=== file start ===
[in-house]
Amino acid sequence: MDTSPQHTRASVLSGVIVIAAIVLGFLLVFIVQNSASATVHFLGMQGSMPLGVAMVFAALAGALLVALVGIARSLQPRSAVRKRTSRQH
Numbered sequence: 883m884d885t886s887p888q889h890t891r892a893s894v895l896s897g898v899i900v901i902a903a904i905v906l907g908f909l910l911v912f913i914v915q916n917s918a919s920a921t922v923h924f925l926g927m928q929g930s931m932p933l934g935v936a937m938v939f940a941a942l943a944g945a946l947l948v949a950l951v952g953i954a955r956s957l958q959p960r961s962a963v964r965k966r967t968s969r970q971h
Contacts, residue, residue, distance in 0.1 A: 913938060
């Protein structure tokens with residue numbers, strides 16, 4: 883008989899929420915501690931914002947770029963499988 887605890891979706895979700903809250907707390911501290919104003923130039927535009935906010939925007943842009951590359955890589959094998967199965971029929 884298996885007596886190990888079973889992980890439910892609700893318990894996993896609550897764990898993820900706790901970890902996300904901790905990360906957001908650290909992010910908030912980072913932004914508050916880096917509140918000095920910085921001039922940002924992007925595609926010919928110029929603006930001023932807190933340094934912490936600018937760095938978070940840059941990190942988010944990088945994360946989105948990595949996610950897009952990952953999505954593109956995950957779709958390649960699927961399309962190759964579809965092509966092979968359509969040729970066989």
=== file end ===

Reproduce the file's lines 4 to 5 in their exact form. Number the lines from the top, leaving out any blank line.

Contacts, residue, residue, distance in 0.1 A: 913938060
């Protein structure tokens with residue numbers, strides 16, 4: 883008989899929420915501690931914002947770029963499988 887605890891979706895979700903809250907707390911501290919104003923130039927535009935906010939925007943842009951590359955890589959094998967199965971029929 884298996885007596886190990888079973889992980890439910892609700893318990894996993896609550897764990898993820900706790901970890902996300904901790905990360906957001908650290909992010910908030912980072913932004914508050916880096917509140918000095920910085921001039922940002924992007925595609926010919928110029929603006930001023932807190933340094934912490936600018937760095938978070940840059941990190942988010944990088945994360946989105948990595949996610950897009952990952953999505954593109956995950957779709958390649960699927961399309962190759964579809965092509966092979968359509969040729970066989």